9. Bulb Forcing in October/November
Amaryllis 'Picottee' is the last of the bulbs to bloom. Don't you love its delicate white petals edged in red? My amaryllis project was definitely a success. I'm going to try to keep them for next year.

Amaryllis Hippeastrum 'Ferrari'
Amaryllis 'Picotee' and Amaryllis 'Clown'

That's a brief summary of some of my year's successes and failures plus some ideas for my 2017 gardens. What changes are you planning for the new gardening season? Or, if you live in the Southern Hemisphere, what changes are you making now?

Pamela x

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Sunday, January 22, 2017

A Long January Thaw

My friend Jo who blogs at Through the Keyhole in Yorkshire, England, posted about a walk she took today; she called the post, 'Grey and Dismal.' I could use the same heading here. This week, each melancholy day followed another with drizzling rain and fog. Nevertheless, like Jo, we set off for our daily walks around our property and felt better for them. Of course, we don't have the expanses of green grass you see in Jo's pictures, nor a Tudor-Jacobean house with grounds landscaped by Capability Brown, to add interest to our hike. (Do you detect a note of envy? Check out Jo's post and you'll understand why.) Yet fields of stubble have their own beauty.

The top field shrouded in fog
The lower field with wind-damaged trees

The mild weather persuaded the fish to swim, albeit sluggishly, out of their hiding places in the pond. Maybe this one is heading for the crate of plants looking for food.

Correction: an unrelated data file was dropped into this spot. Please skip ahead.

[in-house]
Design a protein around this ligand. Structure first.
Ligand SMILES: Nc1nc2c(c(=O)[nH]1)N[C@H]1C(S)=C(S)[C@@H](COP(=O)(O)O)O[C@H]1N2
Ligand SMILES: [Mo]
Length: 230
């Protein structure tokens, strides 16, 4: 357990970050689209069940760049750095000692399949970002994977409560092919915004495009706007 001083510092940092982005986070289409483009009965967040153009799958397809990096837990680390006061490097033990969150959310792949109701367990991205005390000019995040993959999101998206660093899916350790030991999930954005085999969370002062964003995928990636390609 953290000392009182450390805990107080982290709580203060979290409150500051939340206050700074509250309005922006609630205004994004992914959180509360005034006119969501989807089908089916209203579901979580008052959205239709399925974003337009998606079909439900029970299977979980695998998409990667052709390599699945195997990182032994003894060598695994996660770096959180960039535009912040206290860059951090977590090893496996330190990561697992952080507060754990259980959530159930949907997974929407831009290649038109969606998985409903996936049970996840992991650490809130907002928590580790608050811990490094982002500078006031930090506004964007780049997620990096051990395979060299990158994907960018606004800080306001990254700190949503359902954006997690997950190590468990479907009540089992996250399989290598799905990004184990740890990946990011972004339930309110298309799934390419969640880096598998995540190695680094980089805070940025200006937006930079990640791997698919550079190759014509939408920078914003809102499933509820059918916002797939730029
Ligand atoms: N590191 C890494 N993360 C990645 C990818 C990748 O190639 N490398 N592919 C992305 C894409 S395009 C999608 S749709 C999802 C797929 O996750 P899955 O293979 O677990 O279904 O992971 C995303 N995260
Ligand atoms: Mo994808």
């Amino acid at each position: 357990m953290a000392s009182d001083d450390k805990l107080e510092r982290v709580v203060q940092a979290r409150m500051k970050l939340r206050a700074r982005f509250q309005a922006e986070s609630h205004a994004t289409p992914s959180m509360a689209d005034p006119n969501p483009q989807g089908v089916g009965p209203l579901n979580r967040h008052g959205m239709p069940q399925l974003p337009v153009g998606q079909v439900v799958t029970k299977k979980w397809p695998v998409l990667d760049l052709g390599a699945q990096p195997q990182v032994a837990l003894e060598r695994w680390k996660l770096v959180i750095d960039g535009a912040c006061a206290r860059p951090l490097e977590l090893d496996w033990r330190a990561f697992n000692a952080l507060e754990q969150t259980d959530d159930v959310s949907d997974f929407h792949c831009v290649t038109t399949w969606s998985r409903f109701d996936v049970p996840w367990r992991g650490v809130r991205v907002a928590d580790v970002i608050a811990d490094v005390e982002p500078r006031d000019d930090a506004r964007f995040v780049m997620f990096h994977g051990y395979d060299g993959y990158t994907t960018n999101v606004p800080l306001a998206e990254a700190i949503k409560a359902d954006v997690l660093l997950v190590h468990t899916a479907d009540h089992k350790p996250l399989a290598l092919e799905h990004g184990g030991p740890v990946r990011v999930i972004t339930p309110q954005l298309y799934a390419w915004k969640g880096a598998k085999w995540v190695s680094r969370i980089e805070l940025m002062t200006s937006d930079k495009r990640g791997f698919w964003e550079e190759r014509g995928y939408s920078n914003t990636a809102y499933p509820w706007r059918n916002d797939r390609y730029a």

Koi fish seen through the protective net over the pond

Our walk generally takes us through the shade garden, along the Woodland Walk, behind the barn, down the edge of each field and along the road to our starting place. We usually make three laps. H.H. says it's about half a mile. Feels more like a mile to me.
Hydrangea 'Pinky Winky' seed heads.

Hakone Grass Hakonechloa macra 'All Gold
The Old Cedar Tree

Into the Woodland Walk

In the Woodland Walk the deer have decimated hellebores and heuchera. Only one hellebore has a few remaining leaves.

Deer-chewed hellebore

As we walk we discuss the work we need to do in the spring and changes we would like to make. We will clear up part of the Woodland Walk and add a stone structure -- a cairn. Watch this space ...

Rain drops on White Pine

 When we near the barn, Billy peeps out. He probably wonders if we are bringing him food.

 Buds on the rhododendron give a tiny hint of hope for spring.

I don't think I suffer from seasonal affective disorder but, like Jo, I'm happiest when the sun shines and there are flowers to enjoy. Thank goodness for the Amaryllis bulbs I forced. They continue to give me great pleasure this winter.

Amaryllis 'Clown' has eight beautiful blooms today.

That may have been our last walk for a while as the National Weather Service issued a warning for a northeaster in our area starting tomorrow with snow, sleet and high winds. Oh, boy. But it IS January and this was a long January thaw.

Pamela x